• As used herein, the term “includes” means includes but not limited to, the term “including” means including but not limited to. The terms “a” and “an” are intended to denote at least one of a particular element. The term “based on” means based at least in part on. The term “or” is used to refer to a nonexclusive such that “A or B” includes “A but not B,” “B but not A,” and “A and B” unless otherwise indicated.
  • In examples of the present disclosure, an optical alignment measurement system may use a camera to capture a measurement image projected by a device under test (DUT) on a calibration plate with fiduciary markers to determine if the DUT meets a specification. The accuracy of such an optical measurement is reduced when the camera is not properly aligned with thee calibration plate. The reduced accuracy may result in passing a DUT that is actually out of specification or failing a DUT that actually meets a specification. Thus what are needed are method and apparatus to measure and correct optical misalignment.
  • In examples of the present disclosure, an image may be a photograph, a digital picture, a frame of a video, or a view from the camera.
  • FIG. 1 is a schematic perspective view of an optical alignment measurement system 100 in examples of the present disclosure. The optical alignment measurement system 100 may include a calibration plate 102 with fiducial markers 110, a DUT interface 120, an alignment stage 130, and a camera 140 on the alignment stage 130. Alignment stage 130 may include a rotary sub-stage 132 and a linear sub-stage 134.
  • Calibration plate 102 is parallel to the XZ plane. Fiducial markers 110 may include a first fiducial marker 112, a second fiducial marker 114, a third fiducial marker 116, and a fourth fiducial marker 118. DUT interface 120 may be a mount with mechanical features to receive a DUT. Camera 140 may be mounted on rotary sub-stage 132 and rotary sub-stage 132 may be mounted on linear sub-stage 134, or camera 140 may be mounted on linear sub-stage 134 and linear sub-stage 134 may be mounted on rotary sub-stage 132. Rotary sub-stage 132 may be rotatable about a vertical Z direction and the linear sub-stage 134 may be translatable along a horizontal X direction.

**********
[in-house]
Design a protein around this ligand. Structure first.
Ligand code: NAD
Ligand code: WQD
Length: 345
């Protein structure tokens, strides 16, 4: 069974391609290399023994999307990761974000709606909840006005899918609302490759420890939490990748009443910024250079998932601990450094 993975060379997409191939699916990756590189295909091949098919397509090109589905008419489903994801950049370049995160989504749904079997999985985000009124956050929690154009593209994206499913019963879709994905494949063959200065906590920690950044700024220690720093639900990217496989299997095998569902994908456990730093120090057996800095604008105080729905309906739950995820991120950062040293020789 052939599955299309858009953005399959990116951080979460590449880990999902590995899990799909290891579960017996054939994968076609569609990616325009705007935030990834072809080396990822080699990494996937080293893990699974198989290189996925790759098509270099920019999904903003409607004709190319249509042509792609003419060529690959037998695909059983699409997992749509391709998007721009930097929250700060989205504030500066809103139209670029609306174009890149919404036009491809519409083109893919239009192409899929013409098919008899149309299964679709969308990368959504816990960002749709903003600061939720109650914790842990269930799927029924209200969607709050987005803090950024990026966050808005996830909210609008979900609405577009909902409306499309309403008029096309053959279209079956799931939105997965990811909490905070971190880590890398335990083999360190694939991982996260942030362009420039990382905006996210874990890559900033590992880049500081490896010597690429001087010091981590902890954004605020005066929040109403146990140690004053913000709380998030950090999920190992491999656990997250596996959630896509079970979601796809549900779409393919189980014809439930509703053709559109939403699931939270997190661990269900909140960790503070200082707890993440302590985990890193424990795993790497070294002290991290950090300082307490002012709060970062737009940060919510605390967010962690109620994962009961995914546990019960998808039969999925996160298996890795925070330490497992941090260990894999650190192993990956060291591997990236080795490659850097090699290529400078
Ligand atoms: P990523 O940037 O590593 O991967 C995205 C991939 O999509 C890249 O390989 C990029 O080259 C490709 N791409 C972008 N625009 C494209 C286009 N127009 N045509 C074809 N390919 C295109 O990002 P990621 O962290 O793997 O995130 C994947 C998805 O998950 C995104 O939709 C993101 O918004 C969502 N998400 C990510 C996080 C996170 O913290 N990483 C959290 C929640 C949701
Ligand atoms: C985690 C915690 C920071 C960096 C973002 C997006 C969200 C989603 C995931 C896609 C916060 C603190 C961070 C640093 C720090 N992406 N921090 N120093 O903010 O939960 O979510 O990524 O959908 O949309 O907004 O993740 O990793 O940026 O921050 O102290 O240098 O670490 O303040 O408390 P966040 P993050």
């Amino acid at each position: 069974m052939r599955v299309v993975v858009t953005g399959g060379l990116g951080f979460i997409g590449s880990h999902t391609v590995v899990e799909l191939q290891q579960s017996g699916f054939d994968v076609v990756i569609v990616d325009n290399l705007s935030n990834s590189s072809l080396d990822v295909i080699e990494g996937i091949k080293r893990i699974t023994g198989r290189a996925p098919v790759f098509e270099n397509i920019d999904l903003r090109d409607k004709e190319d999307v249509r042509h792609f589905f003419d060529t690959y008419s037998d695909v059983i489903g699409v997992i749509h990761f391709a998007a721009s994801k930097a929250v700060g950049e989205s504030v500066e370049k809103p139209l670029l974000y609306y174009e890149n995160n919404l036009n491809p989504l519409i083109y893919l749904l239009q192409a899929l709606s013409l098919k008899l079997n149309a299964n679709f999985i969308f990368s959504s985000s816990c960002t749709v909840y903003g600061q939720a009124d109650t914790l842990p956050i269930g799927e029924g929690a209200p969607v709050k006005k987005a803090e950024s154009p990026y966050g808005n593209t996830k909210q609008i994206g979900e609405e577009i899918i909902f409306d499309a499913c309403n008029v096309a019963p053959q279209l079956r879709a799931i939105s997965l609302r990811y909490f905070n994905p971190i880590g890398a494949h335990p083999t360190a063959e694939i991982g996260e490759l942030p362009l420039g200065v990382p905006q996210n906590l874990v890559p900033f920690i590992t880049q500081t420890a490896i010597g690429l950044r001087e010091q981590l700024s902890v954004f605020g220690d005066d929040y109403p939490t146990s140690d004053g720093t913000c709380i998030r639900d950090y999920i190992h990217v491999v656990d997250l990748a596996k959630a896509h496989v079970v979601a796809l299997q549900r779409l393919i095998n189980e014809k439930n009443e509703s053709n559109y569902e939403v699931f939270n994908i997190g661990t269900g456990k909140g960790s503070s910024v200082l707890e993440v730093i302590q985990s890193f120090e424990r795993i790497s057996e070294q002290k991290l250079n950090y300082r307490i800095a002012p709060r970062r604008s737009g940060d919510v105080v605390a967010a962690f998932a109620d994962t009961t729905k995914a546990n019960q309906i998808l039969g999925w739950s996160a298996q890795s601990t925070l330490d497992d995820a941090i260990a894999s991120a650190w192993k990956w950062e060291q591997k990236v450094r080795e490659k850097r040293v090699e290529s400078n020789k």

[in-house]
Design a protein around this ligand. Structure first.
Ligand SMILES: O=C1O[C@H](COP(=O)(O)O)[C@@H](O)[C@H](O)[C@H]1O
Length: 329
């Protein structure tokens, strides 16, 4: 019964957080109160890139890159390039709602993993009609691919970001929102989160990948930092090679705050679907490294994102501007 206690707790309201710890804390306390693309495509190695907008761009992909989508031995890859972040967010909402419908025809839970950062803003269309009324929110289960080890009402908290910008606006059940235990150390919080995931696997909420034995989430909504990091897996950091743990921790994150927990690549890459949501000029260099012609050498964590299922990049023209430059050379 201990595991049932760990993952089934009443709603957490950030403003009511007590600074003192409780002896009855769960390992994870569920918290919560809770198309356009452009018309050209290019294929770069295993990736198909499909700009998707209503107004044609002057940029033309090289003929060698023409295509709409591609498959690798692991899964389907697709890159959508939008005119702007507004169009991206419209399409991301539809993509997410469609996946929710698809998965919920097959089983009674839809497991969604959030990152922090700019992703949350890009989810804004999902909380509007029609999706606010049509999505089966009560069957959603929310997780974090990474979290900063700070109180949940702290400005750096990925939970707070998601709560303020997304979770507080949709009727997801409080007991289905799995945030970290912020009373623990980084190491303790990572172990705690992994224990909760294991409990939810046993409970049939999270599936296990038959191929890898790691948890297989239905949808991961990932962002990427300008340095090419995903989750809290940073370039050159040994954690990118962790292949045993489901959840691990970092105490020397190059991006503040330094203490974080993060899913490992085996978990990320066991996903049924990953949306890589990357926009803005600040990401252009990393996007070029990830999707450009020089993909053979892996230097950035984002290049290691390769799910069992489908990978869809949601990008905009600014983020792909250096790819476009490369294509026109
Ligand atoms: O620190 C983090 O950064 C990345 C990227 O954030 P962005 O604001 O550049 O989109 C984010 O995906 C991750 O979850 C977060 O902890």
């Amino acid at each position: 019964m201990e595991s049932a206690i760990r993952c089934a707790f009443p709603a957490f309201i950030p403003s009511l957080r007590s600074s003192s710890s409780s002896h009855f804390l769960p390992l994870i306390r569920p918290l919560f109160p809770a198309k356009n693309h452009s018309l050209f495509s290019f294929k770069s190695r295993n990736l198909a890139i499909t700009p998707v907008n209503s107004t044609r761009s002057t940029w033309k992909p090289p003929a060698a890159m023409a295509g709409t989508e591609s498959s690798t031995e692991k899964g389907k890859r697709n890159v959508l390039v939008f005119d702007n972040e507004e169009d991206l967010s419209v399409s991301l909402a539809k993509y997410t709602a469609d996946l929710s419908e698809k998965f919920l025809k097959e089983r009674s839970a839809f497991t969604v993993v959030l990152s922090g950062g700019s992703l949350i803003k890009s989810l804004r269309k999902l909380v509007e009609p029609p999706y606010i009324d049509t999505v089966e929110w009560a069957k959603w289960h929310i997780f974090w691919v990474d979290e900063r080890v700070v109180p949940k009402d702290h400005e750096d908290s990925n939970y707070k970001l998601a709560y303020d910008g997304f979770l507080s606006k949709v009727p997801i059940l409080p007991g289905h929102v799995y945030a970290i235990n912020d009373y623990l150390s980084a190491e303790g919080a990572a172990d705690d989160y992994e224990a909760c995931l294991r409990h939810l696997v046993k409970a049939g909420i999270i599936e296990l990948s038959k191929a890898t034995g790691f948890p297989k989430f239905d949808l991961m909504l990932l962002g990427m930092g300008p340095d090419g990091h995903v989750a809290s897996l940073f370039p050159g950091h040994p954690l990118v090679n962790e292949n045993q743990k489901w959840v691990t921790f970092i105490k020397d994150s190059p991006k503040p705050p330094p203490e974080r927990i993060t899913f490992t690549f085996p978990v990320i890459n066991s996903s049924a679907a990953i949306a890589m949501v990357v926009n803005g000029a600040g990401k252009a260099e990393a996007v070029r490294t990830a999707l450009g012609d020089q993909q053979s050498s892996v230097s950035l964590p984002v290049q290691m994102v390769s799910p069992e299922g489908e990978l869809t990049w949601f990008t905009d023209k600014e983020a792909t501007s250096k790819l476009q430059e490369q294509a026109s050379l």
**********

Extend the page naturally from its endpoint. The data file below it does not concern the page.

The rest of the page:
• FIG. 2 is a flowchart of a method 200 for optical alignment measurement system 100 of FIG. 1 to measure and correct optical misalignment in examples of the present disclosure. Method 200 may begin in block 202.
  • In block 202, camera 140 of FIG. 1 is used to capture an image of calibration plate 102 of FIG. 1 with fiducial markers 110 of FIG. 1. Block 202 may be followed by block 204.
  • In block 204, alignment stage 130 of FIG. 1 is adjusted by rotating or translating alignment stage 130 based on the locations of fiducial markers 110 in the image.
  • FIG. 3 is a flowchart of a method 300 for the optical alignment measurement system 100 of FIG. 1 to determine if a DUT seated on DUT interface 120 of FIG. 1 meets a specification in examples of the present disclosure. Method 300 may begin in block 302.
  • In block 302, a light pattern from the DUT is projected onto calibration plate 102 of FIG. 1 with fiducial markers 110 of FIG. 1. Block 302 may be followed by block 304.
  • In block 304, camera 140 is used to capture an image of the light pattern on calibration plate 102 relative to fiducial markers 110. Block 304 may be followed by block 306.
  • In block 306, it is determined if the DUT meets a specification based on the image.
  • FIG. 4 is a schematic perspective view of an optical alignment measurement system 400 in examples of the present disclosure. Optical alignment measurement system 400 may include a calibration plate 402 with fiducial markers 410, a DUT interface 420, an alignment stage 430, a camera 440 on alignment stage 430, a post 450, and a controller 460. Alignment stage 430 may include a rotary sub-stage 432 for rotating about the Z direction, a linear sub-stage 434 for translating along the. X direction, and an optional rotary sub-stage 436 for rotating about the Y direction. Alignment stage 430 may be mounted atop of post 450. Calibration plate 402, DUT interface 420, and post 450 may be fixed relative to each other. For example, calibration plate 402, DUT interface 420, and post 450 may be fixed to a common base 470. A DUT 422 may be mounted atop DUT interface 420.